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10 Comments:

Anonymous Tricoteuse said...

Joan Lussky is a professor in my LIS program, I'll have to point this post out to her, maybe she can give the author of the paper a heads up about it.

It is really interesting to see an actual comparison with LCSH, since my experience with LibraryThing has pretty much matched these results.

11/10/2007 10:36 PM  
Anonymous Steven Kaye said...

At the recent Internet Librarian conference in Monterey, someone from CiteULike was saying their analysis found only a 10% overlap between user tags on CiteULike and LCSH.

Tom Reamy of KAPS Group apparently did some research on tagging which included LibraryThing, but I don't know much of the details, beyond his finding many tags too broad.

11/11/2007 12:33 AM  
Anonymous nolly said...

I do believe your last sentence is missing a "not" -- rather than "tags should be dismissed" I suspect you meant "tags should not be dismissed".

11/11/2007 1:43 AM  
Anonymous wvlibrarydude said...

I agree with your point on personal interaction from readers. Cataloging has certain restrictions and rules in order to be more uniform. Reader's Advisory has shown through research that people react and rewrite books they read based on their life experiences and cultural background at that time. Having the actual readers tag books, allows for all of the variations in reading interest to come out, while still pointing towards the "wisdom of the crowd".
The only issue I have with tagging, is that there has to be a larger number of people doing it for it to work. Just having a single library or consortia catalog tagging doesn't harness the power of numbers like LibraryThing or Amazon.

11/11/2007 1:06 PM  
Blogger Tim said...

"The only issue I have with tagging, is that there has to be a larger number of people doing it for it to work."

Very very true. And although LT has many tags, they're distributed in a very steep "long-tail."

11/11/2007 1:29 PM  
Blogger Tiffany said...

Thanks very much for reading my paper and for writing such a thoughtful response!
Thanks also for the clarification on the LCSH aggregation. For the purposes of this (exploratory) research, I was attempting to limit the comparison to just the headings assigned within the LC catalog, but if/when I delve deeper, I'll be sure to take this into account.
SIG/CR provided a great opportunity to engage in conversation about folksonomies and controlled vocabularies: interested parties may want to visit the conference paper archive at DLIST to read more.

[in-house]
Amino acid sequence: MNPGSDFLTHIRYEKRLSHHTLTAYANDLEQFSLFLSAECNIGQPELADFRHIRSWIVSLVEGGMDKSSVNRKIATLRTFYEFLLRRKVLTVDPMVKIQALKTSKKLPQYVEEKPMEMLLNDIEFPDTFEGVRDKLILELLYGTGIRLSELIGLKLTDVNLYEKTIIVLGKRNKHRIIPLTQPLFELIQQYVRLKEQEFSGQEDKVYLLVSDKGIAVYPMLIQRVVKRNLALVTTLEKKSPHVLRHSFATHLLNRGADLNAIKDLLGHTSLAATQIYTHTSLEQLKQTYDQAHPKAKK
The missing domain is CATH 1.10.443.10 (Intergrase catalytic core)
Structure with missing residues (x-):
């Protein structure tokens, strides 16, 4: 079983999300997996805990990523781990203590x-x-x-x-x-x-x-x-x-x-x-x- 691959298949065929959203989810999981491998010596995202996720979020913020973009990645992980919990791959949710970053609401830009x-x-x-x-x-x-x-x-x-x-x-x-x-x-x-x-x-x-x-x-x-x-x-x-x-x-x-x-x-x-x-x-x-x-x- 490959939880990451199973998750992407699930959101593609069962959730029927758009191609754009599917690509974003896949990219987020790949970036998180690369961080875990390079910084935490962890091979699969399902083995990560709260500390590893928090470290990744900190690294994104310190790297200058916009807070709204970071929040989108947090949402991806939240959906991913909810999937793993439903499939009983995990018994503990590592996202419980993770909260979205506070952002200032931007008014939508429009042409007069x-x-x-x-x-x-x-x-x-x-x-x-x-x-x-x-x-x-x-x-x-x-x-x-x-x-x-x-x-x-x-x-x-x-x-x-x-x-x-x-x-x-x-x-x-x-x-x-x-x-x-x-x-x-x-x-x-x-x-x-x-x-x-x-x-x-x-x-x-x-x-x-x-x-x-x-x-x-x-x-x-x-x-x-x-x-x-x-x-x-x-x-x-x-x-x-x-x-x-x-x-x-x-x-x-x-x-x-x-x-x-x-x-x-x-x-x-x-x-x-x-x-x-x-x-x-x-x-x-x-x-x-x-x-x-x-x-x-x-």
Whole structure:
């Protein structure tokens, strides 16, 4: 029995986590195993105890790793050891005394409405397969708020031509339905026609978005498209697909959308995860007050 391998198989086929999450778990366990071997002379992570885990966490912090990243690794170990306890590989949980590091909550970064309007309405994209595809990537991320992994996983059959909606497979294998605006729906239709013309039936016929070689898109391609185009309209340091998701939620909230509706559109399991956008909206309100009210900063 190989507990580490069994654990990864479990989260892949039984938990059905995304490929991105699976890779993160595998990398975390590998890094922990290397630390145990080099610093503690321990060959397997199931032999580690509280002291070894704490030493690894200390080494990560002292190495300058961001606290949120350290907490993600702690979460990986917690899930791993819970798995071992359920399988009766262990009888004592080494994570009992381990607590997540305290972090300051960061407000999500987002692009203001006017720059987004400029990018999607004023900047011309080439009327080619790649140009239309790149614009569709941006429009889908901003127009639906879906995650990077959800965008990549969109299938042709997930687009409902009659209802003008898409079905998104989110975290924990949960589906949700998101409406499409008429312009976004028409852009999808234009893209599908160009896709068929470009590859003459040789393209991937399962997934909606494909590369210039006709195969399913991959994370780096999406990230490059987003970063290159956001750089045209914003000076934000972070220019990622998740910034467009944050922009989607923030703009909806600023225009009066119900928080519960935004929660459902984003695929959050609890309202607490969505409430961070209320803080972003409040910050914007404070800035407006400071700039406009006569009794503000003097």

11/11/2007 10:44 PM  
Blogger bibliotecaria said...

It's not impossible to get the LCSH headings changed at LC. We do listen to input, especially author's input. Email me and I'll see what I can do.

11/13/2007 3:51 PM  
Blogger Tim said...

bibliotecaris (if you're watching).

What about things that already hit CIP. Does the L feel bound to that?

T

11/13/2007 9:23 PM  
Blogger bibliotecaria said...

We are not necessarily bound to what was done during the CIP process, because we all too often we don't have the complete galley in hand. I've had at least one author request for a change of subject headings, which I did in fact change, to more clearly express the main ideas of the book. And although we don't greet with enthusiasm the idea of redoing old work, don't let that stop you. Email me at mpol AT loc DOT gov.

11/14/2007 10:47 AM  
Blogger LilySea said...

This is only obliquely related, but funny story:

When I worked for an Evil Empire (huge chain) bookstore, they forced the people on the floor to follow the company's computer designation for shelving books (to idiot-proof working at the store--right).

Thus I was made to move the libretto for Mozart's "Magic Flute" from the opera section where I had shelved it to ... (drumroll) ... New Age.

I could just picture the philistine who came up with that designation. Global Corporation+Bookstore=Bad Idea.

6/22/2008 11:37 PM